1 kinesin but not for the 2, 3, or more active motors actually
needed to pull a single load in vivo, and qualitative data on the effect
of multiple motors
are contradictory. We hypothesize that 2 or more motors pulling
single cargo will share the load equally. As a result, if the velocity-force
curve for 1 kinesin is v1(F), the velocity-force function v2(F)
kinesins will be v1(F/2),
v3(F)= v1(F/3), etc. The specific aim of this project is to measure
velocity-force curves for 1, 2, and 3 kinesins over a physiologically
range, 0-20 pN.
MEDIC: Motion-enhanced DIC microscopy is a digital version of video-enhanced DIC microscopy,which was used with analog video cameras by Allen and by Inoue in the late 1980's. It takes advantage of the 12 or 14-bit grayscale information of modern digital cameras and continuously-updates the background image. A flow chart of the system is given below:The steps in MEDIC are:
Polarization-modulated DIC microscopy. Contrast can be improved in DIC microscopy by inserting a thin, computer-controlled liquid-crystal polarization modulator into a standard DIC microscope [G. Holzwarth, S.C. Webb, D.J. Kubinski, and Nina S. Allen, J. Microscopy, December, 1997, p249-254 ; Holzwarth G, Hill DB, and McLaughlin EB, Applied Optics 39, 6288-94(2000).]. By switching the polarization of the incident light by 90deg in alternate video frames with a liquid crystal modulator, the contrast signal of unstained biological specimens is increased by a factor of two, relative to standard video-enhanced DIC. Switching the polarization changes image highlights into shadows and vice versa. By subtracting alternate frames, a difference DIC image is created in which contrast is doubled while image defects and noise tend to cancel. The method can take full advantage of the extended dynamic range and more precise digitization of modern CCD cameras as well as the increased speed of modern frame processors. Because the modulator can be synchronized with frame acquisition by the camera, electronic phase sensitive detection can be carried out efficiently by frame buffer operations. The need for a background image(Allen and Allen, 1983; Salmon, 1995), which requires some operator skill for best implementation, is eliminated. A DIC microscope with modulator installed is shown in Figure 1 below. An inexpensive ferroelectric liquid-crystal modulator with 25 mm aperture and 5 mm thickness can be installed into a swing-out holder which fits between the polarizer and the condenser. It is oriented so that, in one of its two states, the emergent light is polarized in the x-direction, the standard direction. When in the other state, the light transmitted by the modulator is polarized along y. The electronic controller for the waveplate must be synchronized with the camera to flip the polarization between x and y at frame rates.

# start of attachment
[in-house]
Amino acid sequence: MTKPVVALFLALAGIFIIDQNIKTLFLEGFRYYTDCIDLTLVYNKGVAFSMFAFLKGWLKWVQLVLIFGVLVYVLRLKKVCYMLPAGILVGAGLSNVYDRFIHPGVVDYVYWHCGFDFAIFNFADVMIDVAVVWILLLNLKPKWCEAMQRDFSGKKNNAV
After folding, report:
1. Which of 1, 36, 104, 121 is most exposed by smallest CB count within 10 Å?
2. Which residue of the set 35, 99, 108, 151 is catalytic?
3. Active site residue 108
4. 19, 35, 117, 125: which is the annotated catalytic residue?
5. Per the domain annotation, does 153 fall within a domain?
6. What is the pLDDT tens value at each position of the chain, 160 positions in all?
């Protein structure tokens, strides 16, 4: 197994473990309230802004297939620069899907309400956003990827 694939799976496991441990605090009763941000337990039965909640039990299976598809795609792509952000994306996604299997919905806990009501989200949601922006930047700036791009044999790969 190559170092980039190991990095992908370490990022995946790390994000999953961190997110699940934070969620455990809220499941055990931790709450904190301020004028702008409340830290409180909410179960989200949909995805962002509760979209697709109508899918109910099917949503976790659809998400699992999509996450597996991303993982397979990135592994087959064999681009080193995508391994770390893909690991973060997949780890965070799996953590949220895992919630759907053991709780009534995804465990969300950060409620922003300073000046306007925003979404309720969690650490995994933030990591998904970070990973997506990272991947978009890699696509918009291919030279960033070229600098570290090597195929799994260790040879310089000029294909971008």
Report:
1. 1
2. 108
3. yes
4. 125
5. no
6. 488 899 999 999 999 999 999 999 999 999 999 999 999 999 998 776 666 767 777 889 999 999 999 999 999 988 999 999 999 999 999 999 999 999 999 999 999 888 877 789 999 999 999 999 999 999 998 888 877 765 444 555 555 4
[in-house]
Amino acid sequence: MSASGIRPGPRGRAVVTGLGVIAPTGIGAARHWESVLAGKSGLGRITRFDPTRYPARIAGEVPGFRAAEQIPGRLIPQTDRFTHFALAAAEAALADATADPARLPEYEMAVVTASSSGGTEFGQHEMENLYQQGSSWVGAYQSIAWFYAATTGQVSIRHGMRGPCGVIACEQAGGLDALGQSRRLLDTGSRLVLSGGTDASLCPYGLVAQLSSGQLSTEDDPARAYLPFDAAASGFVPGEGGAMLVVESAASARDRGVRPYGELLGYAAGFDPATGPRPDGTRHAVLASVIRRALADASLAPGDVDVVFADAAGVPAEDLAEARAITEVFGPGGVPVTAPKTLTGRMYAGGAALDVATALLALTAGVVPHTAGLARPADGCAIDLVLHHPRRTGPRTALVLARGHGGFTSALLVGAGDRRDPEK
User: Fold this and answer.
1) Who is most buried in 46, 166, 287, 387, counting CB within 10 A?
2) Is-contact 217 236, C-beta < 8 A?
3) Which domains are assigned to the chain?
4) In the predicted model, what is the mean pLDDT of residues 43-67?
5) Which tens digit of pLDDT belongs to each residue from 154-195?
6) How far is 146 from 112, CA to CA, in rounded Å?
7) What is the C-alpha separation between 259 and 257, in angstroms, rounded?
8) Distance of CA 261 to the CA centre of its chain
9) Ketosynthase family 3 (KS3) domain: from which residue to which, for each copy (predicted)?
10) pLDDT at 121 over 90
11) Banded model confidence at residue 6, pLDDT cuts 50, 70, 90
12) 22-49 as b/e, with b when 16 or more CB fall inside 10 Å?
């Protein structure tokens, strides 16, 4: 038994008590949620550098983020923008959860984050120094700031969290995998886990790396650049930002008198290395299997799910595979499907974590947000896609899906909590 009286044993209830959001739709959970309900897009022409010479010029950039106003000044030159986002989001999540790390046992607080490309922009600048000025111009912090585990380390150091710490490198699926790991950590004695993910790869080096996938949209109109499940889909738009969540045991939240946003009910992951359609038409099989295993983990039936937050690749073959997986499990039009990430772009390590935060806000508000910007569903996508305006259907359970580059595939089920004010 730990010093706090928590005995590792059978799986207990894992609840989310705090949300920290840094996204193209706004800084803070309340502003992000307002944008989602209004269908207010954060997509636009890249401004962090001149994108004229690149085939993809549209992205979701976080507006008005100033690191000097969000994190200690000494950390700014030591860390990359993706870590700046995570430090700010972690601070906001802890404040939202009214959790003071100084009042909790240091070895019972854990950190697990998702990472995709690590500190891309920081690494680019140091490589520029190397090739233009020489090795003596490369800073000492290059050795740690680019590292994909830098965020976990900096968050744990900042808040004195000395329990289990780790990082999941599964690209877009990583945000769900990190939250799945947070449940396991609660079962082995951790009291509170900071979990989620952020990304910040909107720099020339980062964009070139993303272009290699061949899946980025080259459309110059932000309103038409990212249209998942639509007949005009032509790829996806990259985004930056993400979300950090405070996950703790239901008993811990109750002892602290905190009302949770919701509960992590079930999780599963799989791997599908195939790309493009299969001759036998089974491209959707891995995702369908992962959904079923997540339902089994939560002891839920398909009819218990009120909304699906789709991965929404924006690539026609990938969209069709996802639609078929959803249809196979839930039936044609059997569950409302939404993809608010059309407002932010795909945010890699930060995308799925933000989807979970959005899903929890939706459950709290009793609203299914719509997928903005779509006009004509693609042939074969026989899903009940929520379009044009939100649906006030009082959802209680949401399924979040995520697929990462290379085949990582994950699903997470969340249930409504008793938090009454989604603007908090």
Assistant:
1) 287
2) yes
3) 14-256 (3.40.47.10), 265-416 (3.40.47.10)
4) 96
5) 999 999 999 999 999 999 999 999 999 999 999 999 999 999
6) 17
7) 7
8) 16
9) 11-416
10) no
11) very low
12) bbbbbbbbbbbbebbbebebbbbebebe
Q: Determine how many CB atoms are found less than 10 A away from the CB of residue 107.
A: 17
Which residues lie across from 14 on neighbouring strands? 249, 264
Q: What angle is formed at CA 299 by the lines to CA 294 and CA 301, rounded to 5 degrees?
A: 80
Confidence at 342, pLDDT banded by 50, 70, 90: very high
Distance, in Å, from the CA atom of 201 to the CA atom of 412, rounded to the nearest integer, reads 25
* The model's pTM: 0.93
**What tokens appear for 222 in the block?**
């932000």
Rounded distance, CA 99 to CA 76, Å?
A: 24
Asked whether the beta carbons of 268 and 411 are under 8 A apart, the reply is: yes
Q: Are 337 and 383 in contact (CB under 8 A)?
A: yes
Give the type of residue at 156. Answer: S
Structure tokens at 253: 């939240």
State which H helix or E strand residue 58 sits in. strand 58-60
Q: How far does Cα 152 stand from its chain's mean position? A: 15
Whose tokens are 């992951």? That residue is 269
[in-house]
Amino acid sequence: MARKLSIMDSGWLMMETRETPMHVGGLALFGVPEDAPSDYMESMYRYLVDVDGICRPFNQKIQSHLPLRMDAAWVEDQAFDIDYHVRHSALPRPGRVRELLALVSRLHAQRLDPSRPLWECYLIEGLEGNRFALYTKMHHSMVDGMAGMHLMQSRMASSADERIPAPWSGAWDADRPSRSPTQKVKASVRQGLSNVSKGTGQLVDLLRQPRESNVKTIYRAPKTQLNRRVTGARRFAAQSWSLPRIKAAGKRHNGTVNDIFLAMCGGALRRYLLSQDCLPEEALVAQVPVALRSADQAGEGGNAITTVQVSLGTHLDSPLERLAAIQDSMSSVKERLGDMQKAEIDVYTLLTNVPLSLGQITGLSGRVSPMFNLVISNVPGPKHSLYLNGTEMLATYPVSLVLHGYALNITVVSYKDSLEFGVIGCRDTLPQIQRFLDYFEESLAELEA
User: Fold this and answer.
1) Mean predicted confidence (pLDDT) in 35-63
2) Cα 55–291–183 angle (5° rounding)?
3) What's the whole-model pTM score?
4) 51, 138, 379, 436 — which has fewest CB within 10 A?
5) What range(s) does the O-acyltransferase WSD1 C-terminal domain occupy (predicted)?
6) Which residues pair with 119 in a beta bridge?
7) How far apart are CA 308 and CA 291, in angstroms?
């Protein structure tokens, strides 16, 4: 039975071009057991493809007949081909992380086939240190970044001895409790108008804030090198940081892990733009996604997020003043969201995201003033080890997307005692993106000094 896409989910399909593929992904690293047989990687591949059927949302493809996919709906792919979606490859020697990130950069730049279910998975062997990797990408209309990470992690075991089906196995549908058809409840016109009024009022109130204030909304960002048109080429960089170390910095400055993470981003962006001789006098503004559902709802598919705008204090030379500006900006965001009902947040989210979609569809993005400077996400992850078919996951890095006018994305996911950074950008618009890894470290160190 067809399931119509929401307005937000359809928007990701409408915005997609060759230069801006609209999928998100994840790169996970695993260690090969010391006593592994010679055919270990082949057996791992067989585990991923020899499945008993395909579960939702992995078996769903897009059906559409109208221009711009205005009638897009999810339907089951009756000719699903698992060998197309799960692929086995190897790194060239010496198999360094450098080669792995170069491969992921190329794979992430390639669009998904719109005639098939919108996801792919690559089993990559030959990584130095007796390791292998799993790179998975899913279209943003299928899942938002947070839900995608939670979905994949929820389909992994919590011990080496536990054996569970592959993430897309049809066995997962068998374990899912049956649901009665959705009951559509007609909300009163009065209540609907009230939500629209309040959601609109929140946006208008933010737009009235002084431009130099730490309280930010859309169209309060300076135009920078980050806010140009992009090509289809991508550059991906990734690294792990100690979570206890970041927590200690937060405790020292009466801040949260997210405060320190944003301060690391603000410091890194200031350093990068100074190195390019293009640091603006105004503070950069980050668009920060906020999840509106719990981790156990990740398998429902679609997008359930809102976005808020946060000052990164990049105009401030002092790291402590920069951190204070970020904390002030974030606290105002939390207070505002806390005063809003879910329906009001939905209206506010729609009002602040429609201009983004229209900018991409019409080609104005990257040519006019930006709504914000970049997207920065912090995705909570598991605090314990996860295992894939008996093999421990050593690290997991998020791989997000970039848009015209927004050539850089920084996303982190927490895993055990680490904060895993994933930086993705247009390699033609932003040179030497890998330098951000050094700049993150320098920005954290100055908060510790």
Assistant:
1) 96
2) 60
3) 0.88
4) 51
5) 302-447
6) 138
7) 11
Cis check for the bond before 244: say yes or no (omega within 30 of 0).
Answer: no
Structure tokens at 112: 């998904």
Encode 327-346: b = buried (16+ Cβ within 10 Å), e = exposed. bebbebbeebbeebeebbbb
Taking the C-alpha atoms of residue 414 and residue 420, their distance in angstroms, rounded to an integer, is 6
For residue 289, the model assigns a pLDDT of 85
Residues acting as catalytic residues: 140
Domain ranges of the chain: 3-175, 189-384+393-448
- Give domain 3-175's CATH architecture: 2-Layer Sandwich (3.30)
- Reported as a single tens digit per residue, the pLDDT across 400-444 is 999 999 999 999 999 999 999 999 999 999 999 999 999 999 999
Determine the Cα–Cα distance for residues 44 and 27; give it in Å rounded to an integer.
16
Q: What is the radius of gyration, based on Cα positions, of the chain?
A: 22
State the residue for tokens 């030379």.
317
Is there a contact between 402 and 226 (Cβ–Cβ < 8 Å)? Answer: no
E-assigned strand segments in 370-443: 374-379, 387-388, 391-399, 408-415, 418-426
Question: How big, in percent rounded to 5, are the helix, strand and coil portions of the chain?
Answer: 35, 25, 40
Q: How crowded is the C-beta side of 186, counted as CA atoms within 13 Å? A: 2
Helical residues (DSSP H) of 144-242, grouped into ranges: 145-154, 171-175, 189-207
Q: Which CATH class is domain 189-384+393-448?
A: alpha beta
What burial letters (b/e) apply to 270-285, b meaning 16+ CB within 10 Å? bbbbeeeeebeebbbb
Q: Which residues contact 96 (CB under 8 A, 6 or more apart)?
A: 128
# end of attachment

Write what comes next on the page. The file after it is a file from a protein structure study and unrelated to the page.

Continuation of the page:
Figure 1. DIC microscope with modulator between the polarizer and the first Nomarski-Wollaston prism.(modified from Lang,1968).